Artist Mike Zisser Makes a Splash with Color
Mike Zisser concerns himself mostly with color, painting mainly in acrylics and, occasionally, watercolors.
He is fascinated by the role it plays in the dynamics of composition and its effect on the visual perceptions of the observer — his later paintings virtually all non-representational, reflecting his interest in abstract design elements and geometric shapes, all visually “complicated” by pairings of colors.
A selection will be on view on Saturday, February 16, from 4 to 6 p.m. at the Griffing & Collins Real Estate and DJTM Enterprises, LLC office, located at 2 Grand Avenue in Shelter Island Heights. Champagne, wine and small bites will be served.
For more information, visit mikezisser.com.
Guild Hall Names 2019 Artists-In-Residence
In 2016, Guild Hall founded its Guild House Artist-in-Residence Program, as a means to extend the East Hampton museum’s mission of fostering the artistic spirit of the East End.
But this is not a studio-based residency. Instead, Guild House AIR supports the next generation of artists by providing the time and space for reflection and development of supportive and collaborative relationships — not to mention a four-week living space and stipend.
This year, eight residents — split between two AIR periods — will focus on the physical structure of Guild House as a place for temporary exhibition, installation, performance and creative intervention, encouraged to work solo or together on stage environments, readings, or performances, and to further seek imaginative uses of the house in meaningful but impermanent ways.
“Guild House is not a studio-based program, but rather provides the time and space for reflection and the development of supportive and collaborative relationships,” according to a press release. “The program will continue to host the lively weekly Salon Dinners that provide an opportunity for the residents to meet artists and community members to discuss an array of topicals.”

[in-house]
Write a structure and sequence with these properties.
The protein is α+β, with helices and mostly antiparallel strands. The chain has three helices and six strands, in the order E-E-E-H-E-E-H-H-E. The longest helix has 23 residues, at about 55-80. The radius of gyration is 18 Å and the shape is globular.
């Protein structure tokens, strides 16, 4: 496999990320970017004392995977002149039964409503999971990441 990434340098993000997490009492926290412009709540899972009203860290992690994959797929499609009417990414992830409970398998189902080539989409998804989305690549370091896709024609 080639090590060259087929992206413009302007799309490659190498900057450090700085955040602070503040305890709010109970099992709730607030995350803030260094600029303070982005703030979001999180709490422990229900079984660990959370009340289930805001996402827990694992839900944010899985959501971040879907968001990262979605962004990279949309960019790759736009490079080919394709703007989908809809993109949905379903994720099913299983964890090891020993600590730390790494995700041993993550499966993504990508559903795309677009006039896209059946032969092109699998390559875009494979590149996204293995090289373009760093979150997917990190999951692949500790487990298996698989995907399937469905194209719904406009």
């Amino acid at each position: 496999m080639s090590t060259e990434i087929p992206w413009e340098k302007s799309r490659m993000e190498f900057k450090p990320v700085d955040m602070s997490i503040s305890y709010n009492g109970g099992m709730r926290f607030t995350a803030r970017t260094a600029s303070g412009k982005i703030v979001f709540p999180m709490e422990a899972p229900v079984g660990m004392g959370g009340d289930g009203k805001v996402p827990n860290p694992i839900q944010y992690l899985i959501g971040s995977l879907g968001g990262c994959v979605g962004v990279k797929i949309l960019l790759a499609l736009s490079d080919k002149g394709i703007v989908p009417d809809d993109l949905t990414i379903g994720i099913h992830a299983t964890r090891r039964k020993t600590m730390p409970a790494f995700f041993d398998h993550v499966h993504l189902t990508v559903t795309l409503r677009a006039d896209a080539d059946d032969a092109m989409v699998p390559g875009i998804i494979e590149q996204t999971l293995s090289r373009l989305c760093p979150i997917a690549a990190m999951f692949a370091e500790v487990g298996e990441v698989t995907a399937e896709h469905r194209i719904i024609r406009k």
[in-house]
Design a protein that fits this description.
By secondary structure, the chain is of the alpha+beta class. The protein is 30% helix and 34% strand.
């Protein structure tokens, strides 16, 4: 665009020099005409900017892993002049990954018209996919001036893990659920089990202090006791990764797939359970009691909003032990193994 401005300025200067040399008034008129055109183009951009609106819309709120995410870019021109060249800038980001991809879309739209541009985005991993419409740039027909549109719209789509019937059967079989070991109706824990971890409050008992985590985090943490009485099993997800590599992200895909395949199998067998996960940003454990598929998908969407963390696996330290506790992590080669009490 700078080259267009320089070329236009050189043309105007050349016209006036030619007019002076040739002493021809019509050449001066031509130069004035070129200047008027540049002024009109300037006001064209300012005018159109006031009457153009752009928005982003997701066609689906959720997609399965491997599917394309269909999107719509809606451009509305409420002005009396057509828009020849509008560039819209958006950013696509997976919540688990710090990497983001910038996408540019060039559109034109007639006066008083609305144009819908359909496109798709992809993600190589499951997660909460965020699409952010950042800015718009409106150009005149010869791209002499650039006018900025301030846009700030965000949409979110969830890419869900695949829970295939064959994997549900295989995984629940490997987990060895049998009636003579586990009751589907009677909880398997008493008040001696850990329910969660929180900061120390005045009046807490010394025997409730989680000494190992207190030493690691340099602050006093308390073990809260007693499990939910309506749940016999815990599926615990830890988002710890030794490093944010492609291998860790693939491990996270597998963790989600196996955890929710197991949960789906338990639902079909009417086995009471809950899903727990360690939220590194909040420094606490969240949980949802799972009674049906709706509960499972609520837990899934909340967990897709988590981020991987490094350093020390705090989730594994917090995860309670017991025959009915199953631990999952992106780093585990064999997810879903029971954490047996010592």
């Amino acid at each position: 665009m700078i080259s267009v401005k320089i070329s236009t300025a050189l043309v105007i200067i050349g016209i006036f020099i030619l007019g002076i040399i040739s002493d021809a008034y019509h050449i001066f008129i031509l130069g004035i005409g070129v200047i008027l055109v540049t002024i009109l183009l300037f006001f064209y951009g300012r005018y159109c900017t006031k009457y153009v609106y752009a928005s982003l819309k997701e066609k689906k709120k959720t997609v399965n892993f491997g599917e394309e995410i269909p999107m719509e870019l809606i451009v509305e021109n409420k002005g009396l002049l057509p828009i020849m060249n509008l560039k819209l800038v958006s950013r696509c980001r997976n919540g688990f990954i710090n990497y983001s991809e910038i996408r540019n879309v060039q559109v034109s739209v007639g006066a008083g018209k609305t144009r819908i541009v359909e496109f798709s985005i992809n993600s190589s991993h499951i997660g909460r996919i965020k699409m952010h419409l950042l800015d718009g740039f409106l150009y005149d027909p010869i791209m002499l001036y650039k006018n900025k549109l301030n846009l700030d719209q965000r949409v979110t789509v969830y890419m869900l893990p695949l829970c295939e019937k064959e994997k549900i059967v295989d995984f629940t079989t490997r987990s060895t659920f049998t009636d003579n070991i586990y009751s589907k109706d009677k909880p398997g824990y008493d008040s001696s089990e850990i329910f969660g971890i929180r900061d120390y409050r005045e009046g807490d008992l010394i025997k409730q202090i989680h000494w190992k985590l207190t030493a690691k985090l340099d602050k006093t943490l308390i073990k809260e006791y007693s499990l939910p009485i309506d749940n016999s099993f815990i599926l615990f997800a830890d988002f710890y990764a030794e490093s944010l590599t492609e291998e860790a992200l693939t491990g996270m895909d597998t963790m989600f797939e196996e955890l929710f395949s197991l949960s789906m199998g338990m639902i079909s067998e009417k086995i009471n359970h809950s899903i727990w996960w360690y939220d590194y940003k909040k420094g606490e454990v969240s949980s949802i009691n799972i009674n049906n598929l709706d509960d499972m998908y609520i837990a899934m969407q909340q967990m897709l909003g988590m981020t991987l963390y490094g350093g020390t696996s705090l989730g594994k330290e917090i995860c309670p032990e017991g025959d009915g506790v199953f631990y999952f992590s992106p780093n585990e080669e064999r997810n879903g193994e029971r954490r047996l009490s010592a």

For the spring session, held from April 15 to May 13, residents will include Brooklyn-based interdisciplinary artist Tess Howsam — who curates and directs ekphrastic shows that blend theater, installation art and performance, and seeks to subvert theatrical expectations and build cross-disciplinary collaborations that address contemporary sociological, political and environmental issues — and Bronx-based photographer Matthew Jensen, a 2017 GIDEST Fellow and 2016 Guggenheim Fellow.
Turkish writer and filmmaker Burcu Koray, who works with natural landscapes, human bodies and mythologies, has installed her site-specific pieces inside an arboretum, an airport, an Arctic church and a fishing vessel touring the Black Sea, and at Guild Hall, she will work on “Songs from the Word Shed,” a novel that tackles the mystery of speech, and “Fluid City,” a series of video-based works featuring AR & VR180.
Rounding out the spring group is New Jersey-based visual artist and writer André Terrel Jackson, who uses language to center the voices and images of blackness. Through mining personal history, he incorporates poetry, weaving, sculpture and apparel to investigate intersecting identities.
Come fall, Guild Hall will welcome four new residents from October 28 to November 25.
Poet Caitlin Doyle holds an Elliston Fellowship in Poetry at the University of Cincinnati, where she serves as Associate Editor of The Cincinnati Review. Her poems, essays and reviews have appeared in The Atlantic, The Guardian and The Yale Review, among others, and she is working toward the completion of her debut poetry collection.